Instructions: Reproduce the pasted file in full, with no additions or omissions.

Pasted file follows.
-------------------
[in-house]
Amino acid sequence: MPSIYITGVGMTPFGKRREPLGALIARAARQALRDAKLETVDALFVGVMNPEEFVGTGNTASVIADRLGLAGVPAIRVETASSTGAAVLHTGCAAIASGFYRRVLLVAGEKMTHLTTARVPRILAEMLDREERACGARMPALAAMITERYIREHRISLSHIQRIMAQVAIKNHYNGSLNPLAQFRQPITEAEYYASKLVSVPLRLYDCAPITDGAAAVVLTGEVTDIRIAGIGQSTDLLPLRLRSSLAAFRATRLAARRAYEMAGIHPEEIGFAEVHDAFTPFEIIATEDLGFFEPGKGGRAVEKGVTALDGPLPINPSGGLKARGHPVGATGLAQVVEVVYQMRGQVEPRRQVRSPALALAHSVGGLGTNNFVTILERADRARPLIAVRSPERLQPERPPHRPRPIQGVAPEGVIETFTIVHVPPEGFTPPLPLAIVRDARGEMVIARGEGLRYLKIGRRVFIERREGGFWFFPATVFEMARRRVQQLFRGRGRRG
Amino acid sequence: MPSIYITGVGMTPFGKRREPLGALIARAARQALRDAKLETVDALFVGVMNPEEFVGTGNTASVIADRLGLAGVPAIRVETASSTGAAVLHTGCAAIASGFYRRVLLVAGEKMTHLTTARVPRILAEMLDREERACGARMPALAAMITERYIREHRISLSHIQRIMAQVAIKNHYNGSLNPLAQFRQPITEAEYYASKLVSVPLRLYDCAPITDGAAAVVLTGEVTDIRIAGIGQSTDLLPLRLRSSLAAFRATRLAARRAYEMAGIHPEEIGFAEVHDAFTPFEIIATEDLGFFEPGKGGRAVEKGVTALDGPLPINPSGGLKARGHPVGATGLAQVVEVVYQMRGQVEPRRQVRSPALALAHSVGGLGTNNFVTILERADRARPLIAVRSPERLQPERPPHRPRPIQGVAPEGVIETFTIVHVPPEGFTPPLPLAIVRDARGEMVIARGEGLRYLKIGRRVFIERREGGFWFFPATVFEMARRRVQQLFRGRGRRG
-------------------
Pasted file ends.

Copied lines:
[in-house]
Amino acid sequence: MPSIYITGVGMTPFGKRREPLGALIARAARQALRDAKLETVDALFVGVMNPEEFVGTGNTASVIADRLGLAGVPAIRVETASSTGAAVLHTGCAAIASGFYRRVLLVAGEKMTHLTTARVPRILAEMLDREERACGARMPALAAMITERYIREHRISLSHIQRIMAQVAIKNHYNGSLNPLAQFRQPITEAEYYASKLVSVPLRLYDCAPITDGAAAVVLTGEVTDIRIAGIGQSTDLLPLRLRSSLAAFRATRLAARRAYEMAGIHPEEIGFAEVHDAFTPFEIIATEDLGFFEPGKGGRAVEKGVTALDGPLPINPSGGLKARGHPVGATGLAQVVEVVYQMRGQVEPRRQVRSPALALAHSVGGLGTNNFVTILERADRARPLIAVRSPERLQPERPPHRPRPIQGVAPEGVIETFTIVHVPPEGFTPPLPLAIVRDARGEMVIARGEGLRYLKIGRRVFIERREGGFWFFPATVFEMARRRVQQLFRGRGRRG
Amino acid sequence: MPSIYITGVGMTPFGKRREPLGALIARAARQALRDAKLETVDALFVGVMNPEEFVGTGNTASVIADRLGLAGVPAIRVETASSTGAAVLHTGCAAIASGFYRRVLLVAGEKMTHLTTARVPRILAEMLDREERACGARMPALAAMITERYIREHRISLSHIQRIMAQVAIKNHYNGSLNPLAQFRQPITEAEYYASKLVSVPLRLYDCAPITDGAAAVVLTGEVTDIRIAGIGQSTDLLPLRLRSSLAAFRATRLAARRAYEMAGIHPEEIGFAEVHDAFTPFEIIATEDLGFFEPGKGGRAVEKGVTALDGPLPINPSGGLKARGHPVGATGLAQVVEVVYQMRGQVEPRRQVRSPALALAHSVGGLGTNNFVTILERADRARPLIAVRSPERLQPERPPHRPRPIQGVAPEGVIETFTIVHVPPEGFTPPLPLAIVRDARGEMVIARGEGLRYLKIGRRVFIERREGGFWFFPATVFEMARRRVQQLFRGRGRRG